Lisa, you're right. This is a topic that can get lengthy and convoluted very quickly. Even to me, there is no easy answer. I absolutely believe that there are certain people who can become addicted to gaming. There are studies that have demonstrated remarkable similarities in brain activity between substance use (think cocaine) and gaming.

I am not saying that WoW players are addicts. Gaming already has such a stigma associated with it, and adding addiction onto that creates even more stigma. (Addiction is often co-morbid with things like depression and anxiety). I prefer the phase problematic gaming. By using problematic gaming, therapists are forced to shift from the idea of addiction to looking at the gaming as a symptom of a larger picture. Is the person gaming 40 hours a week because she's home on summer vacation and has nothing else to do, or is she gaming because she's depressed? It removes some of the stigma associated with gaming and then we can look at what is causing the depression.

Gaming becomes a problem when it interferes with the real world. When folks lose their jobs or drop out because they play the game all day, it's a problem. The same can be true of relationships, though the question becomes, did the person game to escape a bad relationship, or was the relationship solid when the person began to game?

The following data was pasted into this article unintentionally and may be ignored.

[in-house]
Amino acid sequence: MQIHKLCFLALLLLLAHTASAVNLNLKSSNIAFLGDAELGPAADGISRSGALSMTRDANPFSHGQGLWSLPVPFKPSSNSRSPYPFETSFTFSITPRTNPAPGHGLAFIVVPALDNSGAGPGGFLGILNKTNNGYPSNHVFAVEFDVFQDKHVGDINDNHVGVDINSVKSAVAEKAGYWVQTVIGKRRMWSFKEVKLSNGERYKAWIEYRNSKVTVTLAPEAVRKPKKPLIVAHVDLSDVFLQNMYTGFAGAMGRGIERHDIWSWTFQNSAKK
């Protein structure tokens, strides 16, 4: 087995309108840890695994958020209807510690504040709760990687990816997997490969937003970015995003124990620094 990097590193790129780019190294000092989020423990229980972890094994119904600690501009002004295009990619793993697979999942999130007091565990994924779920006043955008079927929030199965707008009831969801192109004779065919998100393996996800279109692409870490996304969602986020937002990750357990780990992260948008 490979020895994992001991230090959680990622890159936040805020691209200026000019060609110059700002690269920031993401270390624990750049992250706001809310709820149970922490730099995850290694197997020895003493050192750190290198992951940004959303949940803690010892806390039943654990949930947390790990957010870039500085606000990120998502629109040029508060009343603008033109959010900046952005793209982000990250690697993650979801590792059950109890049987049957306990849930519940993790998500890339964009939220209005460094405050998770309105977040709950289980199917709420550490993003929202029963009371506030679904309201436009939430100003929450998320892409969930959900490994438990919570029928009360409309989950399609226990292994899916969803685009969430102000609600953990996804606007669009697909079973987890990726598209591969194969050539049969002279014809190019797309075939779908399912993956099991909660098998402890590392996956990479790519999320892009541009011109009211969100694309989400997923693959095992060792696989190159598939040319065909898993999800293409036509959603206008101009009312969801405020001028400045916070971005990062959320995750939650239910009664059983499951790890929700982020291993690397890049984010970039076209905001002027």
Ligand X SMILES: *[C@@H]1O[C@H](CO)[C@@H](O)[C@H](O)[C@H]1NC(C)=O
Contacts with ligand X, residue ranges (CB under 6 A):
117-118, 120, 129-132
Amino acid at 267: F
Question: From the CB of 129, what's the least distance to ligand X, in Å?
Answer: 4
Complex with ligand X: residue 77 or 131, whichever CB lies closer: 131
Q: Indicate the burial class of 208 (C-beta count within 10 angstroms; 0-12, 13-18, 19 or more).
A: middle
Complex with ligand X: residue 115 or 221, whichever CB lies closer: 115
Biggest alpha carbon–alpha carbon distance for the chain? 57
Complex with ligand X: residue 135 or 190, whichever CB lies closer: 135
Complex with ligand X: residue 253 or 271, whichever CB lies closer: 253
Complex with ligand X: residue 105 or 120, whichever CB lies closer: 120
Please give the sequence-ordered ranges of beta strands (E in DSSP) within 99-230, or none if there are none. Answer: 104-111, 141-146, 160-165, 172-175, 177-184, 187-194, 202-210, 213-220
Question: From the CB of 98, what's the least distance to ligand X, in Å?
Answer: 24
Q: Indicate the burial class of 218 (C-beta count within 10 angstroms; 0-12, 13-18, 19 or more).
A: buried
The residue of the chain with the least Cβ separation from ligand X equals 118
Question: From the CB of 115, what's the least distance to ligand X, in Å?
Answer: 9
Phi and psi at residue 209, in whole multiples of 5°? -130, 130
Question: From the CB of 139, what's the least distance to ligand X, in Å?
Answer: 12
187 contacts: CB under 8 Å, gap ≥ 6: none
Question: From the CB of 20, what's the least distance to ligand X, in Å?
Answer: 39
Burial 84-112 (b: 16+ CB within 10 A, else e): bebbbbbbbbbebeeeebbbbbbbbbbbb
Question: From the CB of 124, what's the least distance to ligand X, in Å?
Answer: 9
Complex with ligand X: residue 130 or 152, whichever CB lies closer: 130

And there's a beneficial side ...

Gaming can absolutely be beneficial for people. MMOs in particular are useful tools for learning a second language, help with socialization skills, and can even help people who previously, were unable to form connections with anyone else. Gaming can improve self-esteem, and I think that they would be especially helpful with trauma work.

I recently ran this thought past my supervisor and he mentioned that Tetris can delay the onset of trauma. WoW would force a person to negotiate social relationships after a trauma. (People tend to isolate after traumatic experiences, especially sexual assault due to lack of trust in people and the world). I mentioned before my theory that gaming can help people form their identities as they experiment with different parts of their personalities.

Erinia
With professors and fellow students who don't have even a basic grasp of the dynamics of gaming, you must find yourself in tricky currents from time to time. Do you think your projects and participation in classes have managed to lend them a broader perspective?